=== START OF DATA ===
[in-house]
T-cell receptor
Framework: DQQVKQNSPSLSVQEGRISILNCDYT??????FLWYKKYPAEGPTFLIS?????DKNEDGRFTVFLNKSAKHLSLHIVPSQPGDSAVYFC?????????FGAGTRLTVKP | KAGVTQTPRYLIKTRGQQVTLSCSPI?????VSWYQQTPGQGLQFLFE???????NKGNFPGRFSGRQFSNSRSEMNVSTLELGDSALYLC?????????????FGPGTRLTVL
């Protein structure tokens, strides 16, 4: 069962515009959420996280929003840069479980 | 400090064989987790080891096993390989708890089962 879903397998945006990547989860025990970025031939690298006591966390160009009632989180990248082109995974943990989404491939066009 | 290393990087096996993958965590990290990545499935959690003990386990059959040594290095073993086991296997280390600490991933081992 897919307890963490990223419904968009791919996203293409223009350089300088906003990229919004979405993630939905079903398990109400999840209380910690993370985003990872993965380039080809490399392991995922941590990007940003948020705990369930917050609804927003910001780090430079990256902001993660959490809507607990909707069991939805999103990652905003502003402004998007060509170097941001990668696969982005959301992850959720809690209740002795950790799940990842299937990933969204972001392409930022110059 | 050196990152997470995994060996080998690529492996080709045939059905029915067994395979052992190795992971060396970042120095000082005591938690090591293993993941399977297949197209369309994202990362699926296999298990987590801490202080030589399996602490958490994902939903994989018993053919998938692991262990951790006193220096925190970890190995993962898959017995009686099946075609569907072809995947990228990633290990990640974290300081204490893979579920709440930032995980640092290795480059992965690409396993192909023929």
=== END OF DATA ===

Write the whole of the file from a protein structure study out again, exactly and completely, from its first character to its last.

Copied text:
[in-house]
T-cell receptor
Framework: DQQVKQNSPSLSVQEGRISILNCDYT??????FLWYKKYPAEGPTFLIS?????DKNEDGRFTVFLNKSAKHLSLHIVPSQPGDSAVYFC?????????FGAGTRLTVKP | KAGVTQTPRYLIKTRGQQVTLSCSPI?????VSWYQQTPGQGLQFLFE???????NKGNFPGRFSGRQFSNSRSEMNVSTLELGDSALYLC?????????????FGPGTRLTVL
């Protein structure tokens, strides 16, 4: 069962515009959420996280929003840069479980 | 400090064989987790080891096993390989708890089962 879903397998945006990547989860025990970025031939690298006591966390160009009632989180990248082109995974943990989404491939066009 | 290393990087096996993958965590990290990545499935959690003990386990059959040594290095073993086991296997280390600490991933081992 897919307890963490990223419904968009791919996203293409223009350089300088906003990229919004979405993630939905079903398990109400999840209380910690993370985003990872993965380039080809490399392991995922941590990007940003948020705990369930917050609804927003910001780090430079990256902001993660959490809507607990909707069991939805999103990652905003502003402004998007060509170097941001990668696969982005959301992850959720809690209740002795950790799940990842299937990933969204972001392409930022110059 | 050196990152997470995994060996080998690529492996080709045939059905029915067994395979052992190795992971060396970042120095000082005591938690090591293993993941399977297949197209369309994202990362699926296999298990987590801490202080030589399996602490958490994902939903994989018993053919998938692991262990951790006193220096925190970890190995993962898959017995009686099946075609569907072809995947990228990633290990990640974290300081204490893979579920709440930032995980640092290795480059992965690409396993192909023929």